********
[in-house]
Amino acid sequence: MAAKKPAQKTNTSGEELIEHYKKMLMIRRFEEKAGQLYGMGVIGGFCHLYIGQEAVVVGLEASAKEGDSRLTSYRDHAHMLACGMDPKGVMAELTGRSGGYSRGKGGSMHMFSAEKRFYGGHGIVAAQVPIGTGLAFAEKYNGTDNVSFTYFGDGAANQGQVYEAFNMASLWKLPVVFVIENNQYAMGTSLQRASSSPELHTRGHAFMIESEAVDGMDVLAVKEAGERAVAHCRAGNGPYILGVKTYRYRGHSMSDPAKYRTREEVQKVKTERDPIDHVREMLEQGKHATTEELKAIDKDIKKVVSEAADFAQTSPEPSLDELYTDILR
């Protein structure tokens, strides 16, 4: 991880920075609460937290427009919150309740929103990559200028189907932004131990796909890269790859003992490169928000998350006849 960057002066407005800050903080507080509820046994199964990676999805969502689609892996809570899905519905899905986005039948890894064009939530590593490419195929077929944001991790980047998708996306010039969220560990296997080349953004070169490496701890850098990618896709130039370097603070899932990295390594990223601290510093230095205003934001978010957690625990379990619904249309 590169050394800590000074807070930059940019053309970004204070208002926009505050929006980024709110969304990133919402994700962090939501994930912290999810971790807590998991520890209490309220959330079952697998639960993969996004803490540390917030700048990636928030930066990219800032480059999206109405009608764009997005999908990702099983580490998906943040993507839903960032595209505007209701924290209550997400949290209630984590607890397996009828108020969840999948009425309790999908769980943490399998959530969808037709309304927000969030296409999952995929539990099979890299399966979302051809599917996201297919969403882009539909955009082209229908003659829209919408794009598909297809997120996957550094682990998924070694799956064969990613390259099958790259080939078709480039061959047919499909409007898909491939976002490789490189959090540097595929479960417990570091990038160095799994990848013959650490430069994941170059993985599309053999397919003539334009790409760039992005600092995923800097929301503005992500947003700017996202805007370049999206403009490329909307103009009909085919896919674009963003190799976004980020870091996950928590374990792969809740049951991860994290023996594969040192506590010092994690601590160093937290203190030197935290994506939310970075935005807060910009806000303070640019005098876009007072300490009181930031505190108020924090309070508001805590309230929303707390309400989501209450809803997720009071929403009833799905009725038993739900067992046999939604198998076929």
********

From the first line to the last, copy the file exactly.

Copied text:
[in-house]
Amino acid sequence: MAAKKPAQKTNTSGEELIEHYKKMLMIRRFEEKAGQLYGMGVIGGFCHLYIGQEAVVVGLEASAKEGDSRLTSYRDHAHMLACGMDPKGVMAELTGRSGGYSRGKGGSMHMFSAEKRFYGGHGIVAAQVPIGTGLAFAEKYNGTDNVSFTYFGDGAANQGQVYEAFNMASLWKLPVVFVIENNQYAMGTSLQRASSSPELHTRGHAFMIESEAVDGMDVLAVKEAGERAVAHCRAGNGPYILGVKTYRYRGHSMSDPAKYRTREEVQKVKTERDPIDHVREMLEQGKHATTEELKAIDKDIKKVVSEAADFAQTSPEPSLDELYTDILR
């Protein structure tokens, strides 16, 4: 991880920075609460937290427009919150309740929103990559200028189907932004131990796909890269790859003992490169928000998350006849 960057002066407005800050903080507080509820046994199964990676999805969502689609892996809570899905519905899905986005039948890894064009939530590593490419195929077929944001991790980047998708996306010039969220560990296997080349953004070169490496701890850098990618896709130039370097603070899932990295390594990223601290510093230095205003934001978010957690625990379990619904249309 590169050394800590000074807070930059940019053309970004204070208002926009505050929006980024709110969304990133919402994700962090939501994930912290999810971790807590998991520890209490309220959330079952697998639960993969996004803490540390917030700048990636928030930066990219800032480059999206109405009608764009997005999908990702099983580490998906943040993507839903960032595209505007209701924290209550997400949290209630984590607890397996009828108020969840999948009425309790999908769980943490399998959530969808037709309304927000969030296409999952995929539990099979890299399966979302051809599917996201297919969403882009539909955009082209229908003659829209919408794009598909297809997120996957550094682990998924070694799956064969990613390259099958790259080939078709480039061959047919499909409007898909491939976002490789490189959090540097595929479960417990570091990038160095799994990848013959650490430069994941170059993985599309053999397919003539334009790409760039992005600092995923800097929301503005992500947003700017996202805007370049999206403009490329909307103009009909085919896919674009963003190799976004980020870091996950928590374990792969809740049951991860994290023996594969040192506590010092994690601590160093937290203190030197935290994506939310970075935005807060910009806000303070640019005098876009007072300490009181930031505190108020924090309070508001805590309230929303707390309400989501209450809803997720009071929403009833799905009725038993739900067992046999939604198998076929």